A Port of Harlem Fall at the Alexandria Black History Museum
The Alexandria Black History Museum hosts a series of programs from the pages of Port of Harlem magazine. All programs open with a 15-minute reception with light refreshments. Reservations are strongly encouraged. To reserve your seat, call the Museum at 703.746.4356, or email Port of Harlem events: email@example.com. The lineup includes:
Saturday, September 30, 11 a.m. – 1:00 p.m.
Film and Discussion – Black Slaves, Red Masters – Looks at a little-known part of American history when the five “civilized” Native American ethnic groups owned Africans. In the 23-minute film, Sam Ford, general assignment reporter for Washington, D.C.’s ABC7/News Channel 8, talks about being a descendant of Africans owned by Native Americans and how the recent August 30th court decision, that ruled that the descendants of the Cherokee Nation’s slaves are entitled to tribal citizenship, affects him and his family. Fee $5
Thursday, October 26, 7 p.m. – 9:00 p.m.
Film and Discussion – Breathe in the Roots – The 75-minute film tells the story of Ty Christen Joseph, a young African-American English teacher, who takes a spiritual journey of discovery from Addis Ababa to Lalibela, one of Ethiopia’s holiest pilgrimage sites, on horseback, while showcasing a side of Ethiopia many rarely experience. Following the film, Indrias G. Kassaye, the film’s writer, photographer, and producer talks about how the film helps him fulfill his mission of contributing to his country’s development and the African renaissance. Fee: $10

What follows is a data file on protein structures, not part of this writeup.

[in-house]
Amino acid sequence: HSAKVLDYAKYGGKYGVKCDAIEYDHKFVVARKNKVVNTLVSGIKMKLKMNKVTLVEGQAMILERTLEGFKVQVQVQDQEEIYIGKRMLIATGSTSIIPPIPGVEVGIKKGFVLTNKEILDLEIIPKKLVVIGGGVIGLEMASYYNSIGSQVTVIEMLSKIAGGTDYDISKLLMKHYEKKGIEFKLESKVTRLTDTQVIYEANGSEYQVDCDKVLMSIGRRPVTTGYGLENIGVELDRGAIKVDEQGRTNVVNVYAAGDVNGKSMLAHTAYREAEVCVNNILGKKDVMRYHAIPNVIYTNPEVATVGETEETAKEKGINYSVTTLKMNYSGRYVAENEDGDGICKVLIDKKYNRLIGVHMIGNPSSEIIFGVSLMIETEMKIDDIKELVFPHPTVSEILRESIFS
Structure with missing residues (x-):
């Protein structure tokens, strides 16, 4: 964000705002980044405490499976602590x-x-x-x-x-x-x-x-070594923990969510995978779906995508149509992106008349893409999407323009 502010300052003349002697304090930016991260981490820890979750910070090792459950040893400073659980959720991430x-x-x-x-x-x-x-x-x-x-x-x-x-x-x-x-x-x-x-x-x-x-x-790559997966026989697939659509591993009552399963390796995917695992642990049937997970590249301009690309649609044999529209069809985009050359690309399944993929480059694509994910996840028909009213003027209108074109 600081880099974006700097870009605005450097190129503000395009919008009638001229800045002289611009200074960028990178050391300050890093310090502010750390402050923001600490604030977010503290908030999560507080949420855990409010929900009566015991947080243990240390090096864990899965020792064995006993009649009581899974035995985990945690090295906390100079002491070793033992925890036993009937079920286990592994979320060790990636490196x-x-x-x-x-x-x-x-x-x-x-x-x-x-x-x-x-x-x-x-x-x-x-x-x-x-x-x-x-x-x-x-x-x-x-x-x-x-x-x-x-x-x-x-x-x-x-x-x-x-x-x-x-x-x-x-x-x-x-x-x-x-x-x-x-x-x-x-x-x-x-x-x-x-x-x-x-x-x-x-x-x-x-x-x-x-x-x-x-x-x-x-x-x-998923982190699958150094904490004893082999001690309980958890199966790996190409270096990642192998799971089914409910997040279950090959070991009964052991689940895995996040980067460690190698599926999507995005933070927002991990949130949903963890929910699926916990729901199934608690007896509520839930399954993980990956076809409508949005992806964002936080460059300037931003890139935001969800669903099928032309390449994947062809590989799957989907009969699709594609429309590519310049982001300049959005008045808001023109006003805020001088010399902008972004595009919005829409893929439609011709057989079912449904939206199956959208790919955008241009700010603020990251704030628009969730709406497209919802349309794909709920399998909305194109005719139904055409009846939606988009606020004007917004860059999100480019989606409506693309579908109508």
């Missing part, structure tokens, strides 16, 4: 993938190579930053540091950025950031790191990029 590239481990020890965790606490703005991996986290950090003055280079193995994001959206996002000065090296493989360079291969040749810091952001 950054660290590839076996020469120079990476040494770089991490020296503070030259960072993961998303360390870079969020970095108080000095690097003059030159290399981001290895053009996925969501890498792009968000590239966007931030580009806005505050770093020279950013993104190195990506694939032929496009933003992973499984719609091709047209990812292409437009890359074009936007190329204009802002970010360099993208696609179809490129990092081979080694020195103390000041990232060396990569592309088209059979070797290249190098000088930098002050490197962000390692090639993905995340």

Saturday, November 4, 11 a.m. – 1:00 p.m.
Film and Discussion – Against All Odds: The Fight for a Black Middle Class – During the 60-minute film, former New York Times op-ed columnist Bob Herbert connects the dots of American history to reveal how injustices from reduced educational opportunity and the inequitable application of the GI bill to housing segregation converged to systematically limit the ability of Blacks to ascent through the traditional route of home ownership and its effect on Black families from generation to generation.
Following the film, Ivan Brown, owner of Ivan Brown Realty and past president of Washington, DC chapter of the National Association of Real Estate Brokers (NAREB), adds a realtor’s historical view on past laws and customs and today’s current struggle for housing. NAREB was founded in 1947 when Blacks were not allowed to join similar White associations. Free
All events are free except for the screening of Breathe in the Roots, which is $10. Donations are encouraged to support future programming. Free street parking is available. The Alexandria Black History Museum is at 902 Wythe Street, Alexandria, Virginia, 22314, five blocks from the Braddock Road Metro Station on the Yellow and Blue Lines. For more information, please call 703.746.4356.
The Alexandria Black History Museum is located five blocks from the Braddock Road Metro Station on the Yellow and Blue Lines. Street parking is available.
The City of Alexandria is committed to compliance with the Americans with Disabilities Act, as amended. To request a reasonable accommodation, e-mail firstname.lastname@example.org, or call 703.746.4356, Virginia Relay 711.